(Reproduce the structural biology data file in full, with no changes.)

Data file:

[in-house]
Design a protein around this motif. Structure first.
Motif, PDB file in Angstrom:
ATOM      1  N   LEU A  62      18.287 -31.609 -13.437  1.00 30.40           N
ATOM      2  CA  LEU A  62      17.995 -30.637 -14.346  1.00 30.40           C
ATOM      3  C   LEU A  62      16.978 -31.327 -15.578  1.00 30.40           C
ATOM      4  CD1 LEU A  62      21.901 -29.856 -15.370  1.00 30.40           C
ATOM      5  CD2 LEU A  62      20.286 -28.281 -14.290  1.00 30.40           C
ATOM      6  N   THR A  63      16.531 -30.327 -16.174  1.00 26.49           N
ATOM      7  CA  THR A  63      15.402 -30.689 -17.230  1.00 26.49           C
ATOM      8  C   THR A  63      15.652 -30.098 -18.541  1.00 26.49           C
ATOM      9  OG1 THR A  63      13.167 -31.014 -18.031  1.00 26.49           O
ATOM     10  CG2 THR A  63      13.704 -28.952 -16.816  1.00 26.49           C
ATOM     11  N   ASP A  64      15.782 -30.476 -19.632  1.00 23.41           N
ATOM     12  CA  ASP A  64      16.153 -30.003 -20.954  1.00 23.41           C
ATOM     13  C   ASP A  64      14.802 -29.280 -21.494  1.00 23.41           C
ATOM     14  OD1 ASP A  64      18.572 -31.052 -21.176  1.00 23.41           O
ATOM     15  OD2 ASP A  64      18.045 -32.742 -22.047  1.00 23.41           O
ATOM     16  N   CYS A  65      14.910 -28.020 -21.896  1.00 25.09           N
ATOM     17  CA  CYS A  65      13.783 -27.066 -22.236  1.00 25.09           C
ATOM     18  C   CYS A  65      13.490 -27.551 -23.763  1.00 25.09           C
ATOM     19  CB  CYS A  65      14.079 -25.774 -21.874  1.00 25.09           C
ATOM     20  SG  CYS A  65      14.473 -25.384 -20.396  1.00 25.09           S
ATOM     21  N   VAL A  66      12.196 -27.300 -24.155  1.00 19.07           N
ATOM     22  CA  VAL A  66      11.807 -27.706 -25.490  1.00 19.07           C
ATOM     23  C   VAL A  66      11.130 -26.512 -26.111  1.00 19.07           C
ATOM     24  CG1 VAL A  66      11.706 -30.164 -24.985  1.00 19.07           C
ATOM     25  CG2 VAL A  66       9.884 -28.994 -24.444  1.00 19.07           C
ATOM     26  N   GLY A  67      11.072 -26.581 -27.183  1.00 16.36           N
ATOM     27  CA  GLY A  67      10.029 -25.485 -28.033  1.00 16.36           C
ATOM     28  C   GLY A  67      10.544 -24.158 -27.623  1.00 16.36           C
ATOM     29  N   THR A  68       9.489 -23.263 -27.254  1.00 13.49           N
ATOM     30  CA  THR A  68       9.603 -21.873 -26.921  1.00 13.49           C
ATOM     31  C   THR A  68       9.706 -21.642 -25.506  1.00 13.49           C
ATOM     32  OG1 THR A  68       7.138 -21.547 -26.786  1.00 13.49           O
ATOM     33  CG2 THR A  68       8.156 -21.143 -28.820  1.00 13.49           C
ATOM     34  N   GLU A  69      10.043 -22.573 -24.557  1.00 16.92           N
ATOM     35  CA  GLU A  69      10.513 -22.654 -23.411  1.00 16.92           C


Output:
[in-house]
Design a protein around this motif. Structure first.
Motif, PDB file in Angstrom:
ATOM      1  N   LEU A  62      18.287 -31.609 -13.437  1.00 30.40           N
ATOM      2  CA  LEU A  62      17.995 -30.637 -14.346  1.00 30.40           C
ATOM      3  C   LEU A  62      16.978 -31.327 -15.578  1.00 30.40           C
ATOM      4  CD1 LEU A  62      21.901 -29.856 -15.370  1.00 30.40           C
ATOM      5  CD2 LEU A  62      20.286 -28.281 -14.290  1.00 30.40           C
ATOM      6  N   THR A  63      16.531 -30.327 -16.174  1.00 26.49           N
ATOM      7  CA  THR A  63      15.402 -30.689 -17.230  1.00 26.49           C
ATOM      8  C   THR A  63      15.652 -30.098 -18.541  1.00 26.49           C
ATOM      9  OG1 THR A  63      13.167 -31.014 -18.031  1.00 26.49           O
ATOM     10  CG2 THR A  63      13.704 -28.952 -16.816  1.00 26.49           C
ATOM     11  N   ASP A  64      15.782 -30.476 -19.632  1.00 23.41           N
ATOM     12  CA  ASP A  64      16.153 -30.003 -20.954  1.00 23.41           C
ATOM     13  C   ASP A  64      14.802 -29.280 -21.494  1.00 23.41           C
ATOM     14  OD1 ASP A  64      18.572 -31.052 -21.176  1.00 23.41           O
ATOM     15  OD2 ASP A  64      18.045 -32.742 -22.047  1.00 23.41           O
ATOM     16  N   CYS A  65      14.910 -28.020 -21.896  1.00 25.09           N
ATOM     17  CA  CYS A  65      13.783 -27.066 -22.236  1.00 25.09           C
ATOM     18  C   CYS A  65      13.490 -27.551 -23.763  1.00 25.09           C
ATOM     19  CB  CYS A  65      14.079 -25.774 -21.874  1.00 25.09           C
ATOM     20  SG  CYS A  65      14.473 -25.384 -20.396  1.00 25.09           S
ATOM     21  N   VAL A  66      12.196 -27.300 -24.155  1.00 19.07           N
ATOM     22  CA  VAL A  66      11.807 -27.706 -25.490  1.00 19.07           C
ATOM     23  C   VAL A  66      11.130 -26.512 -26.111  1.00 19.07           C
ATOM     24  CG1 VAL A  66      11.706 -30.164 -24.985  1.00 19.07           C
ATOM     25  CG2 VAL A  66       9.884 -28.994 -24.444  1.00 19.07           C
ATOM     26  N   GLY A  67      11.072 -26.581 -27.183  1.00 16.36           N
ATOM     27  CA  GLY A  67      10.029 -25.485 -28.033  1.00 16.36           C
ATOM     28  C   GLY A  67      10.544 -24.158 -27.623  1.00 16.36           C
ATOM     29  N   THR A  68       9.489 -23.263 -27.254  1.00 13.49           N
ATOM     30  CA  THR A  68       9.603 -21.873 -26.921  1.00 13.49           C
ATOM     31  C   THR A  68       9.706 -21.642 -25.506  1.00 13.49           C
ATOM     32  OG1 THR A  68       7.138 -21.547 -26.786  1.00 13.49           O
ATOM     33  CG2 THR A  68       8.156 -21.143 -28.820  1.00 13.49           C
ATOM     34  N   GLU A  69      10.043 -22.573 -24.557  1.00 16.92           N
ATOM     35  CA  GLU A  69      10.513 -22.654 -23.411  1.00 16.92           C